In addition to data, Near Space is working on building analytics layers for the photography it gathers to provide its customers with more of a one-stop shop for both imaging and interpretation.

Near Space Labs has investment from Draper Associates, Wireframe Ventures and the Urban-X accelerator run by automaker Mini. Urban-X is focused on companies that help alter the shape of urban living, and Matevosyan says they see very big opportunities in helping municipalities reimagine how their cities operate, given the type and immediacy of imaging they can provide.

Check out this high-res, 33MB version of the featured image above for an idea of how much detail Near Space Labs can capture:

 

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Singapore’s Neuron Mobility raises $18.5M to bring its electric scooters to more international markets

Neuron Mobility, a Singapore-based startup, has closed an $18.5 million new financing round as it looks to scale its e-scooter startup in international markets.

The new financing round, dubbed Series A, was funded by GSR Ventures, a venture capital firm which was the first institutional investor in Chinese ride-hailing giant DiDi Chuxing, and Square Peg, Australia’s largest venture capital firm.

Existing investors SeedPlus, SEEDS Capital also participated in the round. The three-year-old startup has raised about $23.5 million to date.

Neuron Mobility, which began its journey in Singapore, operates an eponymous e-scooters rental platform. In recent years and quarters, Neuron has expanded to cities in Malaysia, Thailand, Australia, and New Zealand.

Neuron’s e-scooters are affordable in every market where they are available. In Brisbane, Australia, for instance, anyone can begin a trip with a Neuron’s bike by paying one Australian Dollar (68 U.S. cents) and then 38 Australian cents for each minute of the ride, Zachary Wang, co-founder and chief executive of Neuron, told TechCrunch in an interview.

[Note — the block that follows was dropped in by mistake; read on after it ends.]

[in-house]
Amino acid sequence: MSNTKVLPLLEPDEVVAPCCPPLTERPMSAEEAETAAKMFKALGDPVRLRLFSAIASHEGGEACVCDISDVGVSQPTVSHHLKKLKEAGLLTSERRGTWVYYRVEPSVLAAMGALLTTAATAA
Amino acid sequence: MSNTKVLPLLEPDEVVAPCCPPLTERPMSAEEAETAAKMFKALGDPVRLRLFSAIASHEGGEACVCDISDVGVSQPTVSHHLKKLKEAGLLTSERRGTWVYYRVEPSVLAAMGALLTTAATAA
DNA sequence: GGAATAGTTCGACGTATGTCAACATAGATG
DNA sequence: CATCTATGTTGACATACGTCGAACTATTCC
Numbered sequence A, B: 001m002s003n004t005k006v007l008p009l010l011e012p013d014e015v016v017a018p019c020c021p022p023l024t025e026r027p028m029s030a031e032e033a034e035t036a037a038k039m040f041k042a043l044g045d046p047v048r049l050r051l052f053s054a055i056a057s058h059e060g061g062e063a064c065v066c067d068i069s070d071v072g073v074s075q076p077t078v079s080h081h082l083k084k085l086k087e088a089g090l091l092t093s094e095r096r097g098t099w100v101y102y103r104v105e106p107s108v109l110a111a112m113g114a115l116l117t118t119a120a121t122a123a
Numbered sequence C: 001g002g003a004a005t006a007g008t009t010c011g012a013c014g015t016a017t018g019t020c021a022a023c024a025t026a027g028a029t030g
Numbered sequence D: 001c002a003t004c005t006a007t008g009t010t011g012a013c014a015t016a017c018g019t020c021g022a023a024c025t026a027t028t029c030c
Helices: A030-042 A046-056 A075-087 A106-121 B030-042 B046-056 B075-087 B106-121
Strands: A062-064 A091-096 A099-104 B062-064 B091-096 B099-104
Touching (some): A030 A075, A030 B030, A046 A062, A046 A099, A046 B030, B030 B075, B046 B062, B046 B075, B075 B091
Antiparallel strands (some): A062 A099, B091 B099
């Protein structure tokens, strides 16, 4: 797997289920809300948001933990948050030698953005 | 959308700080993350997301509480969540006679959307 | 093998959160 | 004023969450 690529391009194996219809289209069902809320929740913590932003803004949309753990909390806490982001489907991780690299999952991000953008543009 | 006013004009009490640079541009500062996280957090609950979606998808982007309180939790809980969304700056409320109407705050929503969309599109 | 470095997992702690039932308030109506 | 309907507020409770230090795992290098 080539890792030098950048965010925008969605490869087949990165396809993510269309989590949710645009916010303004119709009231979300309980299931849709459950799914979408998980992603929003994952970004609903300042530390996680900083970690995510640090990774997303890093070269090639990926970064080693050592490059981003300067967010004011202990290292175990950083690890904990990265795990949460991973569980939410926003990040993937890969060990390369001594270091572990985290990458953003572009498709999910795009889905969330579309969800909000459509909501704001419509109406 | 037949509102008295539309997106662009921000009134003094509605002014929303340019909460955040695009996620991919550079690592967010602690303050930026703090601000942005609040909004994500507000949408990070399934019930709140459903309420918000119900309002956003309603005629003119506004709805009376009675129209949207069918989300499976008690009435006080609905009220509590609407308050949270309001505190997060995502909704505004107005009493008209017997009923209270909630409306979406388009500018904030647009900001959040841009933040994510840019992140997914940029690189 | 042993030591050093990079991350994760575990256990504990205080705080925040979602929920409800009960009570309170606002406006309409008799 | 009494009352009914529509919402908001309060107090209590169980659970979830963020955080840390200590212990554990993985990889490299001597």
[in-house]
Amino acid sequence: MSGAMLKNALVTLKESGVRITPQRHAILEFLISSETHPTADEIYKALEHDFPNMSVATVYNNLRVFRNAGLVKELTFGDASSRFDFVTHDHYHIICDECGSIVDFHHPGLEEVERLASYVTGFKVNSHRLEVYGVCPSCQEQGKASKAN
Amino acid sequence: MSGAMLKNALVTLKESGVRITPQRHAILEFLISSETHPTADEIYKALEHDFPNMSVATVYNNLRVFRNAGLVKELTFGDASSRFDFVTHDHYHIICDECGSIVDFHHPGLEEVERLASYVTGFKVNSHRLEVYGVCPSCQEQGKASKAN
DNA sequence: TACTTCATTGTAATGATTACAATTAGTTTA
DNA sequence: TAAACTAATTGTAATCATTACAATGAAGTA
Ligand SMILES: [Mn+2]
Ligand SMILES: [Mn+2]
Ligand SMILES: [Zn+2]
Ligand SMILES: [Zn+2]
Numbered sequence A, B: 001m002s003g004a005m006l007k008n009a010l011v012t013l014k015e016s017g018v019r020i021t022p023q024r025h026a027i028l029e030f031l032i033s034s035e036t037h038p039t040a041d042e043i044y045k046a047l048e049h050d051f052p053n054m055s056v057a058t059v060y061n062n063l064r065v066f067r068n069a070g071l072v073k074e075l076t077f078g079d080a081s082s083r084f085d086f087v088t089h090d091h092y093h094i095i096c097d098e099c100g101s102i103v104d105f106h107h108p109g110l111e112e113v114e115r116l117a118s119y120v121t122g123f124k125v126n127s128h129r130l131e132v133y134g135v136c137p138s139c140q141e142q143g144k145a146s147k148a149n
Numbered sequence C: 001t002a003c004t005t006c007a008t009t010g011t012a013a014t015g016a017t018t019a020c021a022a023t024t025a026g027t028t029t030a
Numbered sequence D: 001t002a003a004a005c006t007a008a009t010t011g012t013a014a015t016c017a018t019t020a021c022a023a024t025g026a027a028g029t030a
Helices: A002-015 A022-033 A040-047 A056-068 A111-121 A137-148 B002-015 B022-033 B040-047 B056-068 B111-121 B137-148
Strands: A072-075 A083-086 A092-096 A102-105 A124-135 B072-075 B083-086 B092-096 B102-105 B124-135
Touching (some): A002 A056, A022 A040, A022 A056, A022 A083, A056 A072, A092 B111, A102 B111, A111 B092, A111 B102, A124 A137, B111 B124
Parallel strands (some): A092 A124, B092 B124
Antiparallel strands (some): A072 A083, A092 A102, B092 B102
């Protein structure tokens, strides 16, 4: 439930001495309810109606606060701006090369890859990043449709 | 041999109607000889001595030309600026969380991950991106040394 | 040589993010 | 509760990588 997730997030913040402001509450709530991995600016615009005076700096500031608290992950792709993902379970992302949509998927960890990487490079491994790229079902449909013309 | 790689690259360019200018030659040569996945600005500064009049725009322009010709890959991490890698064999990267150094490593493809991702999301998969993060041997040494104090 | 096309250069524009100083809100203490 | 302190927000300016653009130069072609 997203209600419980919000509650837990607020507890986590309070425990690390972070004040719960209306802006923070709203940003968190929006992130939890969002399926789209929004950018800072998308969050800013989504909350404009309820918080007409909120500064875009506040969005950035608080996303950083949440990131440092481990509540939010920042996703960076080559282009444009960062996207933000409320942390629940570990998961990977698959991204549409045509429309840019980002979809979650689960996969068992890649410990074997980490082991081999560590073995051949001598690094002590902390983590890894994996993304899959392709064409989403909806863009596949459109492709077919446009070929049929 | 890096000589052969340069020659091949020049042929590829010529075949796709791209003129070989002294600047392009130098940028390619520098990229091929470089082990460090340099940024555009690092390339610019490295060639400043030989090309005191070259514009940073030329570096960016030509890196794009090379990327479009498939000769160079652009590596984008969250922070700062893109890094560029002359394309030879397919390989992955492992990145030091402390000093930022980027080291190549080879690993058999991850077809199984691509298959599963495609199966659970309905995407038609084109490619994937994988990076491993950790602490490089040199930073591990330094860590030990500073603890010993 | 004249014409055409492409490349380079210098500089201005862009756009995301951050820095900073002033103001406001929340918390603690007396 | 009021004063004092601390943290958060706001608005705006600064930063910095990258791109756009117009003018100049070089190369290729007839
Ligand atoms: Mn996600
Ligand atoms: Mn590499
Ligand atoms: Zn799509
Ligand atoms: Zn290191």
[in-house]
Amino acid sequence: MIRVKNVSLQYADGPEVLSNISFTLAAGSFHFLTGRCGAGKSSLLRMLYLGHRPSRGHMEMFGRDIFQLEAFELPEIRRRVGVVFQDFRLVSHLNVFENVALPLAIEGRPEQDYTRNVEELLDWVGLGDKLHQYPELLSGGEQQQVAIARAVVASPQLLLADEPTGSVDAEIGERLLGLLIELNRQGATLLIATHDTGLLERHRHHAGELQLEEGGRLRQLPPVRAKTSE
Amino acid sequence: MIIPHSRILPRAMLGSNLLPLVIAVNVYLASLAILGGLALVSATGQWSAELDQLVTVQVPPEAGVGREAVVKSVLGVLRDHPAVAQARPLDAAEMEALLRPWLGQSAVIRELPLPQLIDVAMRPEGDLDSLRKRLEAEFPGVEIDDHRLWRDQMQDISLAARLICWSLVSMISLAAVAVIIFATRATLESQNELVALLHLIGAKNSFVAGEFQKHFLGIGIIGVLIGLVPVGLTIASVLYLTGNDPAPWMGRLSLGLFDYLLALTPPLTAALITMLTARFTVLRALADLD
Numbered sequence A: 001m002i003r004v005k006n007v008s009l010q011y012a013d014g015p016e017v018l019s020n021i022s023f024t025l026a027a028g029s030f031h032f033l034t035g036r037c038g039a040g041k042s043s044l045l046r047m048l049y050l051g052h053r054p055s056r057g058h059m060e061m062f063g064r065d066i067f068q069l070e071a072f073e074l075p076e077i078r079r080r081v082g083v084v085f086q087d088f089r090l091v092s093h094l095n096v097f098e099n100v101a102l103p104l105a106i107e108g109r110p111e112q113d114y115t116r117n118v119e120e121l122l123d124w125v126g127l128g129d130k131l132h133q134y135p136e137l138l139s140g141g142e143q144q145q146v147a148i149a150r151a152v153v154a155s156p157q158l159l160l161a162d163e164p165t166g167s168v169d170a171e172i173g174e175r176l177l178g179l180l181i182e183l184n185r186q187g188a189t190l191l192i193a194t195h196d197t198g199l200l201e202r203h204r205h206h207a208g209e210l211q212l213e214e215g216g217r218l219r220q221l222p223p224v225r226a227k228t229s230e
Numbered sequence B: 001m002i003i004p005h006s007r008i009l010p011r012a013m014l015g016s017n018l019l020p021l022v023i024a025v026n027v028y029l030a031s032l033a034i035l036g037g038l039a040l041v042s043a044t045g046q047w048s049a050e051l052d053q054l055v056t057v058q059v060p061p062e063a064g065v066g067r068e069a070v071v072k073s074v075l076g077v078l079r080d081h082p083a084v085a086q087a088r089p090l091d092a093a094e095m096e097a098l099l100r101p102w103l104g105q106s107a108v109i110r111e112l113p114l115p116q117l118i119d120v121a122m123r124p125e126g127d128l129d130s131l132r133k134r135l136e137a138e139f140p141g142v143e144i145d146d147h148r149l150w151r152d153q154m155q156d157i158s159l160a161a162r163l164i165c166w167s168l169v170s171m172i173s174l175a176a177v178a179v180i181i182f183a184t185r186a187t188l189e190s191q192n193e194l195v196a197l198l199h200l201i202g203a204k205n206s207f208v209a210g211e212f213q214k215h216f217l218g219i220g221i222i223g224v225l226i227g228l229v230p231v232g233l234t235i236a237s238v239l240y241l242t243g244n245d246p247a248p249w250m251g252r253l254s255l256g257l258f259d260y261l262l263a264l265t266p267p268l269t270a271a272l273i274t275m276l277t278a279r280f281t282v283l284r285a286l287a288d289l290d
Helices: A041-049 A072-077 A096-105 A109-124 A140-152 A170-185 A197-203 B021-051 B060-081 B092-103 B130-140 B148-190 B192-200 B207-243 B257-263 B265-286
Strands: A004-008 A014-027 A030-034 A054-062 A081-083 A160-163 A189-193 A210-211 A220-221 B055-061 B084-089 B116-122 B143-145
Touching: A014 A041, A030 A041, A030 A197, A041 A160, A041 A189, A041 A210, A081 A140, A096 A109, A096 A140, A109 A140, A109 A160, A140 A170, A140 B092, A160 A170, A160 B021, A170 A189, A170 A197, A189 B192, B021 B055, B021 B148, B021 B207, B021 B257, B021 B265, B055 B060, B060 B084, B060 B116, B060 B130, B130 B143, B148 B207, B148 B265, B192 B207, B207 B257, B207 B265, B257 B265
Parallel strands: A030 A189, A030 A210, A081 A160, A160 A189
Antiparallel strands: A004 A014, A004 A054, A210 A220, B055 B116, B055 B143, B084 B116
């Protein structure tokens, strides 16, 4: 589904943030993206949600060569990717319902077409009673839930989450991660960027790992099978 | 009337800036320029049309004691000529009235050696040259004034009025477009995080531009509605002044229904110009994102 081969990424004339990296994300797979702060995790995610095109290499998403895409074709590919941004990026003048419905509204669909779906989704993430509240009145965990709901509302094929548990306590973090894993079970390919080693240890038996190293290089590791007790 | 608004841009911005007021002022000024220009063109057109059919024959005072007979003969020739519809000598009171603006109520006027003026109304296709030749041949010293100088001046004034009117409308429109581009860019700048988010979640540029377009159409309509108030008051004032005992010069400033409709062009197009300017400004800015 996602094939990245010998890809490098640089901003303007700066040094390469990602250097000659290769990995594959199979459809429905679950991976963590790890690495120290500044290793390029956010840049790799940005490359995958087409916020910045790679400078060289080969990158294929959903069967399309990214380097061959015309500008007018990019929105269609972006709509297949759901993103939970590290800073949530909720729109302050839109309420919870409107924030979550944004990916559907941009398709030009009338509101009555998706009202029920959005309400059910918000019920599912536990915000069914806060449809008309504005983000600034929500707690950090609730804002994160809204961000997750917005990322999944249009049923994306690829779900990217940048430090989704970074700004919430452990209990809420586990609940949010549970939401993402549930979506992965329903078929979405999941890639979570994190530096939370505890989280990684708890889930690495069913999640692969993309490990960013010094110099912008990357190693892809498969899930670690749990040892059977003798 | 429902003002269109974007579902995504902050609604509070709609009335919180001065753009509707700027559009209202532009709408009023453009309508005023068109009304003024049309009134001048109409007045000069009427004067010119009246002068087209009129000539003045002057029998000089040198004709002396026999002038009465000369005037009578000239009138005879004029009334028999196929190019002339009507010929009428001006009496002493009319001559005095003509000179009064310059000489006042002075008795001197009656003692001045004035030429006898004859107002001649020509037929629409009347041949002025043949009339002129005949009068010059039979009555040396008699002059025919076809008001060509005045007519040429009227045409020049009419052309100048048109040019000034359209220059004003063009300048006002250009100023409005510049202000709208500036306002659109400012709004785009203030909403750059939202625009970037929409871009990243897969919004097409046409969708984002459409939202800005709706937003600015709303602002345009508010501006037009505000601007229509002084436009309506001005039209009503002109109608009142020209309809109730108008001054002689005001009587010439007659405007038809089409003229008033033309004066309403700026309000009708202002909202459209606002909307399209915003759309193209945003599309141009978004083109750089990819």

These scooters can go as fast as 25 kilometer per hour, and automatically slow down at certain places such as near a school. Wang said the startup closely works with city councils to understand how these e-scooters should operate.

On a single charge, a Neuron electric scooter can travel up to 60 kilometers (37.2 miles). These e-scooters are equipped with a swappable battery. Once the ride is finished, a customer can drop the bike at any nearby parking station or any suitable location. Neuron works with a large number of people who actively swap the batteries on these scooters.

Like India’s electric scooter and bike startups Bounce and Yulu, Neuron Mobility also designs its electric scooters but relies on Chinese equipment manufacturer for producing them. (Yulu recently inked a strategic deal with Bajaj Auto to task the Indian auto manufacturing giant with the production job.

As Neuron expands to international markets, it has had to halt its e-scooter rental service in home market of Singapore. Last month, Singapore said e-scooters could no longer operate on footpaths, creating major challenges for all the players. Wang said that Neuron still has teams that work from Singapore, but they have always focused on the larger Asia Pacific region and other markets. Besides, Neuron stopped its service in Singapore months before the nation passed any new law. (Prior to the recent order, Singapore had other issues with electric scooters.)

Neuron will use the fresh capital to further its footprint in the markets where it operates and explore building new categories, Wang said. “We feel we are in the midst of a wave where a number of technologies are falling into place that could help us improve our electric scooter and build more mobility solutions.” The startup is also exploring new markets, though Wang declined to name them.